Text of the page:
Health experts are raising awareness about eating disorders as college students return to school
Mental health specialists say students entering college this year may have more on their plate, compared to a typical high school to university transition. Many are raising awareness about how the increase of stress and shift in routine could impact those battling eating disorders.
"Launching students into collect for the first time when they have been remote or haven’t had the “normal” types of junior or senior year in high school, those anxieties are going to be even more significant," Dr. Melissa Spann, Chief Clinical Officer at Monte Nido an eating disorder treatment center, said, "If you don’t know anyone or you don’t feel comfortable if can lead to eating in isolation which is a really significant trigger," she said.
Rebecca Busman, Clinic Manger for Pine Rest Christian Mental Health Service’s counseling center concurs, adding that there’s been an increase in eating disorders over the past year with data from the National Association of Anorexia Nervosa and Associated Disorders showing 10-20% of female college students and 4-10% of males being affected.
“To say is this a cause and effect from COVID, research would suggest yeah there’s a pretty significant link there. One of the features of eating disorder development is that desire for control," Busman said.
While numbers show a larger impact on female college students, Spann explains that data often has blind spots, saying that over the past years subjects regarding eating disorders were "taboo" in male circles.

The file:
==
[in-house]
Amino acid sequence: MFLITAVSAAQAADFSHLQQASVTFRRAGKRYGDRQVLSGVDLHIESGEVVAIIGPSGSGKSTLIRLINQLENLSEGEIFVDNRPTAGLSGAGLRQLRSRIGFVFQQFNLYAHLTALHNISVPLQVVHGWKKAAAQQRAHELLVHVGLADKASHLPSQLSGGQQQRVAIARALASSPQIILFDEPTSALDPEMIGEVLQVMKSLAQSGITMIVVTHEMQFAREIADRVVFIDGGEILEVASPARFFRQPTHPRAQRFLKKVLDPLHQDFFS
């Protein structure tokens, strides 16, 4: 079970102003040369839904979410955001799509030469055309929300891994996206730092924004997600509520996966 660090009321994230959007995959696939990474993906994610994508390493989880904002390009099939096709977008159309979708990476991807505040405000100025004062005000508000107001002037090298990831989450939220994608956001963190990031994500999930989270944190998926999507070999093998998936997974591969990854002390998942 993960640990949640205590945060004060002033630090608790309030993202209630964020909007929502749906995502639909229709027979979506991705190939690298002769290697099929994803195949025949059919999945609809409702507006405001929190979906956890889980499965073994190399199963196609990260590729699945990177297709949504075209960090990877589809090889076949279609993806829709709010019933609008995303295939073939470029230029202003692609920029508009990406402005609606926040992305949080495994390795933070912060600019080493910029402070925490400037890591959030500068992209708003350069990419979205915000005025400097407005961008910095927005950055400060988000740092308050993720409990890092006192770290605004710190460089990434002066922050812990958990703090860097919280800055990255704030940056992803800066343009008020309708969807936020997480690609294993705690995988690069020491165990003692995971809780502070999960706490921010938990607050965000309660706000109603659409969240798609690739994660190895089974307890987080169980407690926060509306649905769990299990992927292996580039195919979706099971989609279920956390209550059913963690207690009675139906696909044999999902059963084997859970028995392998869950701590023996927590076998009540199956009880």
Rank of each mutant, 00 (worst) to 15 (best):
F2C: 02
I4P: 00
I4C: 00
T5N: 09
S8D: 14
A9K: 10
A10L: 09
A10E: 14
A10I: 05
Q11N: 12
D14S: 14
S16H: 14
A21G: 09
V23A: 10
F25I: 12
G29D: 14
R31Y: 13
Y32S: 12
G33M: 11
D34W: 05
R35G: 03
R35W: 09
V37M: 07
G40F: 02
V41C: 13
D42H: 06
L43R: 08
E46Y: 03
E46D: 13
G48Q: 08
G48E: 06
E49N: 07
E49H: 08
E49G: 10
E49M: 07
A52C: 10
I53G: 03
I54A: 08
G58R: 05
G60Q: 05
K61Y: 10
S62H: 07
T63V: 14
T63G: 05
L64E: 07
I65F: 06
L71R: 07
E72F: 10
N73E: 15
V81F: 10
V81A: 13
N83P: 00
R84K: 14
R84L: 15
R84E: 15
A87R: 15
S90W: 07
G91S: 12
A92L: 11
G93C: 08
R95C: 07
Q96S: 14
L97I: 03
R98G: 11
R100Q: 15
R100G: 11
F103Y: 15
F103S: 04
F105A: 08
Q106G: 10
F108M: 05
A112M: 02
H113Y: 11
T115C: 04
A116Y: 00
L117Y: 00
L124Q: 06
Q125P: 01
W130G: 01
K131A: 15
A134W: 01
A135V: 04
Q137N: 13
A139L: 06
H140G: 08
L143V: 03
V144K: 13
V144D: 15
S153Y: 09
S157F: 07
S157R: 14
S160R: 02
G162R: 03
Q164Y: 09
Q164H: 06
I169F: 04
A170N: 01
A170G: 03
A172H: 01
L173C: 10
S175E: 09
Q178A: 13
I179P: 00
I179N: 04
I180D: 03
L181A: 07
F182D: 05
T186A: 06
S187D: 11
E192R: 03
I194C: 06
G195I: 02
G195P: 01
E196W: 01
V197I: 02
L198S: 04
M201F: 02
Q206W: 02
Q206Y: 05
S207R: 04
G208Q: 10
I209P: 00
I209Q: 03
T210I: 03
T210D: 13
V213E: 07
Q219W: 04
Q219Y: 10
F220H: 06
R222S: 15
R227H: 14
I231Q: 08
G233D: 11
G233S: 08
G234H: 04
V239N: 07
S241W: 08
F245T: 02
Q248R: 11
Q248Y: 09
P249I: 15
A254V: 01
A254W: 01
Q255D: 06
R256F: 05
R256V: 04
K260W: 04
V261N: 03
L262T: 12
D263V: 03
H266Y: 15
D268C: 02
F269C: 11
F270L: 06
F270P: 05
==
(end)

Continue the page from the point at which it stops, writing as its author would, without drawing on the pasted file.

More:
"Eating Disorders are caused by a complex combination of factors: genetic, biological, psychological, cultural, environmental the return to school," Spann said, "...We actually see that boys and men are struggling with food intake just as much."
The professionals are encouraging people to stay alert and watch for warning signs with those around them.
"It can look a little different for someone with anorexia vs someone with bulimia," Bussman said, "Someone with anorexia we might see more of isolation and change of personality. When you’re talking about someone with bulimia is likely related to a binge episode... Maybe they don’t eat with you but then they disappear after meal times."
Along with college counseling resources, Spann says it’s important for loved ones to make time for in-person check ins if they suspect something could be wrong.
"If they're potentially falling into a relapse, they're not going to say it; they're going to say 'I'm overwhelmed' or 'I'm stressed out...It’s really important for everyone to be aware how stressful this school year is going to be in general more than other years," Spann said.